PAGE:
Each DNA sample was screened for the presence of Bartonella spp. DNA using conventional and qPCR, and Babesia spp. and hemotropic Mycoplasma spp. using qPCR. Bartonella qPCR was performed using primers targeting the 16S-23S intragenic transcribed spacer (ITS) region of Bartonella species as described previously[35], in conjunction with a BsppITS438 FAM-labeled hydrolysis probe (TaqMan, Applied Biosystems, Foster City, CA, USA). Bartonella qPCR was performed at two dilutions for each sample (using 1 uL and 5 uL of template DNA respectively). PCR screening for Babesia spp. and hemotropic Mycoplasma spp. were carried out as described previously.[22] Briefly, oligonucleotides Myco16S-322s (5’ GCCCATATTCCTACGGGAAGCAGCAGT 3’) and Myco16S-938as (5’ CTCCACCACTTGTTCAGGTCCCCGTC 3’) were used as forward and reverse primers respectively for hemotropic Mycoplasma spp. DNA amplification. Oligonucleotides Piro18S-144s (5’ GATAACCGTGSTAATTSTAGGGCTAATACATG 3’) and Piroplasma18S-722as (5’ GAATGCCCCCAACCGTTCCTATTAAC 3’) were used as forward and reverse primers respectively for Babesia spp. DNA amplification.

Amplification was performed in a 25-µl final volume reaction containing 12.5 µl of MyTaq Premix (Bioline), 0.2 µl of 100 µM of each forward primer, reverse primer (IDT® DNA Technology), 7.1 µl of molecular–grade water, and 5 µl of DNA from each sample tested.  PCR negative controls were prepared using 5 µl of DNA from blood of a healthy dog. Positive controls for PCR were prepared by using 5 µl of DNA from previously characterized positive dog (clinical cases).  Conventional PCR was performed in an Eppendorf Mastercycler EPgradient® under the following conditions: a single hot-start cycle at 95°C for 2 minutes followed by 55 cycles of denaturing at 94°C for 15 seconds, annealing at 68°C for 15 seconds, and extension at 72°C for 18 seconds.  Amplification was completed by an additional cycle at 72°C for 1 minute, and products were analyzed by 2% agarose gel electrophoresis with detection using ethidium bromide under ultraviolet light.

Validation of positive results was performed by Sanger sequencing of amplicons followed by chromatogram evaluation and sequence alignment using Contig-Express and Align X software (Vector NTI Suite 10.1, Invitrogen Corp, CA, USA). For bacterial species identification, DNA sequences were analyzed for nucleotide sequence homology at NCBI nucleotide database using BLAST version 2.0. A sample was considered Bartonella spp. PCR positive if one or more PCR tests (qPCR or conventional PCR) were positive (tests run in parallel). Stringent processing methods were used to avoid DNA carryover during tissue processing.[36] Specifically, tissue samples were processed independently using manual DNA extraction. For all batches of DNA extractions, between 2 and 4 blanks samples (water) were used as negative controls.  All negative controls for DNA extractions rendered negative results on all PCR assays. DNA carryover after PCR amplification was avoided by processing each sample in three separate laboratory rooms (one for sample sorting and DNA extraction, a second for PCR processing, and a third for PCR analysis post amplification), and strict use of personal protective equipment for sample handling by laboratory personnel.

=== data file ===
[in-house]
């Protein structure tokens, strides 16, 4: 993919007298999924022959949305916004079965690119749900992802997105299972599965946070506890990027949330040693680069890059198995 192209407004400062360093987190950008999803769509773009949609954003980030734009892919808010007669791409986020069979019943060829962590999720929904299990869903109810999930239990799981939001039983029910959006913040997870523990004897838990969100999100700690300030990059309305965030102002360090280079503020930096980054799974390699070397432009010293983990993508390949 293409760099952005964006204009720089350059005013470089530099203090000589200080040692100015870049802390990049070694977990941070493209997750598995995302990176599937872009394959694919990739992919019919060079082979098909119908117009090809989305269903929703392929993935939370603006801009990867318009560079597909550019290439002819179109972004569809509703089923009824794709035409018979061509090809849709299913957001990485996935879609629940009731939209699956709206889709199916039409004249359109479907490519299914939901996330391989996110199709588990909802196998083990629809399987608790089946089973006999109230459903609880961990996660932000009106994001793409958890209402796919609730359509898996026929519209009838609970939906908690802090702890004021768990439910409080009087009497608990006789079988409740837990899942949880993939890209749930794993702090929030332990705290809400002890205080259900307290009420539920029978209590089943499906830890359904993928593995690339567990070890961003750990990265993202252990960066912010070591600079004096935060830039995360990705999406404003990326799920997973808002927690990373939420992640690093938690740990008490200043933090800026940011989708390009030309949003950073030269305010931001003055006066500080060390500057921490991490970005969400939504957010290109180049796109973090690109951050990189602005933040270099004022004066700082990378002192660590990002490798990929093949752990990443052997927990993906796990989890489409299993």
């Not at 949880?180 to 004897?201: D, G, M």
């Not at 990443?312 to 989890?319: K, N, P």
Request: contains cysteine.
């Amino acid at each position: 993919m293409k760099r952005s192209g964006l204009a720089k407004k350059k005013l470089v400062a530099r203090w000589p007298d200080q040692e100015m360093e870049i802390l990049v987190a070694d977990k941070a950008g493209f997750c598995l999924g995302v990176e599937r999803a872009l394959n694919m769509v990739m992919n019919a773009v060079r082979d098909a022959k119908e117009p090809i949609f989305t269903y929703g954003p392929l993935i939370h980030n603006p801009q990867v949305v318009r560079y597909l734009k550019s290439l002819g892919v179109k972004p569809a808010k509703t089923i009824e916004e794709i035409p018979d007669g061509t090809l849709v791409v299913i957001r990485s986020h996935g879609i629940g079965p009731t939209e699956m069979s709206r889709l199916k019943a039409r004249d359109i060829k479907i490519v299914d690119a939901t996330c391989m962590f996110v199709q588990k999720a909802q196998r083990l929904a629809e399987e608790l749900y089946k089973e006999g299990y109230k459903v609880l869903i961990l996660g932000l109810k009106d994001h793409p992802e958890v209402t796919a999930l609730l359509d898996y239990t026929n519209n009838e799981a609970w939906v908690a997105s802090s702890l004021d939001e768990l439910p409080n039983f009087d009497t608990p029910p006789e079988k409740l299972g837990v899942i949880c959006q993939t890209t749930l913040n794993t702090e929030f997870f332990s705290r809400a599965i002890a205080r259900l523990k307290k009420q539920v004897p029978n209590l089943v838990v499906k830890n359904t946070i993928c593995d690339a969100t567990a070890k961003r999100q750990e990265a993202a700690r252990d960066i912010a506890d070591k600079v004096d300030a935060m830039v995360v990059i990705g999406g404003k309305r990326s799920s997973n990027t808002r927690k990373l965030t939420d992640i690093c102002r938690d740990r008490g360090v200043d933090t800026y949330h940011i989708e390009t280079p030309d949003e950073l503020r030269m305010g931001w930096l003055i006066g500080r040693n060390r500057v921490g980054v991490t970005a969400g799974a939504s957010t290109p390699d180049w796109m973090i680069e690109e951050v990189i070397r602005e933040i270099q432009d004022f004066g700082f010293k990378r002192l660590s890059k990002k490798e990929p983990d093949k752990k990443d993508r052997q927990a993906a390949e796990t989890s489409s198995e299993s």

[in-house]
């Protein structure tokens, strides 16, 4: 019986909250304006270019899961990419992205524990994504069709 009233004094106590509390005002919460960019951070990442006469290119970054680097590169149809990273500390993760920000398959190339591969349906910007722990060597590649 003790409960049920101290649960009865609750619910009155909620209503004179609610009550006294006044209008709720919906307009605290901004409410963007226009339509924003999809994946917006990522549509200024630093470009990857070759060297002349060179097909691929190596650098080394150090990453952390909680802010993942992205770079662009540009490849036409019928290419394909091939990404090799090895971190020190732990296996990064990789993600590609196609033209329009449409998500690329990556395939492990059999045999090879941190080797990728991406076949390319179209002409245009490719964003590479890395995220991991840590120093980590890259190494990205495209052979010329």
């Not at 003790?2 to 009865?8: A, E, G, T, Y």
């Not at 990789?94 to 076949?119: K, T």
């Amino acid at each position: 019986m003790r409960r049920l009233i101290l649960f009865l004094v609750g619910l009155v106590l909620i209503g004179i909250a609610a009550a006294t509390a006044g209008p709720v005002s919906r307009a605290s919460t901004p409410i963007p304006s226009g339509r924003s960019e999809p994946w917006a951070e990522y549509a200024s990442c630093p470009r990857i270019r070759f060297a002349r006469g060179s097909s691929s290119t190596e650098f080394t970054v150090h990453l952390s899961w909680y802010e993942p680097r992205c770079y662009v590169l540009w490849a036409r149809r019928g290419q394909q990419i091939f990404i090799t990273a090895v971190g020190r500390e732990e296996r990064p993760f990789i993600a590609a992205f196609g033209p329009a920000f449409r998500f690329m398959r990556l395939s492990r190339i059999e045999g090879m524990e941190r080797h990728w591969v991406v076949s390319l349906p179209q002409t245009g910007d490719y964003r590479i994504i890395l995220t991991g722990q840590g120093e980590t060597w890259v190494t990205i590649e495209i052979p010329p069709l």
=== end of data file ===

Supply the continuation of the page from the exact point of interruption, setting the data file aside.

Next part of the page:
For IFA testing, Bartonella antibodies were determined using 3 cell culture grown Bartonella spp. (Bartonella henselae, Bartonella vinsonii subsp. berkhoffii, and Bartonella koehlerae) as antigens and following standard immunofluorescent antibody assay (IFA) techniques.[37,38] Briefly, bacterial colony isolates were passed from agar plate grown cultures into permissive cell lines.  For each antigen, heavily infected cell cultures were spotted onto 30-well Teflon-coated slides (Cel-Line/Thermo Scientific), air-dried, acetone-fixed, and stored frozen. Fluorescein conjugated goat anti-dog IgG (KPL, SeraCare, Milford MA) was used to detect bacteria within cells using a fluorescent microscope (Carl Zeiss Microscopy, LLC, Thornwood NY). Serum samples were diluted in phosphate-buffered saline (PBS) solution containing normal goat serum, Tween-20, and powdered nonfat dry milk to block nonspecific antigen binding sites. Sera were first screened at dilutions of 1:16 to 1:64. All sera that are reactive at 1:64 were further tested with two-fold dilutions to 1:8192.

Usage Notes

Dog_ID: A unique anonymized identifier for each dog

Collection_Site: The veterinary hospital at which the dog was enrolled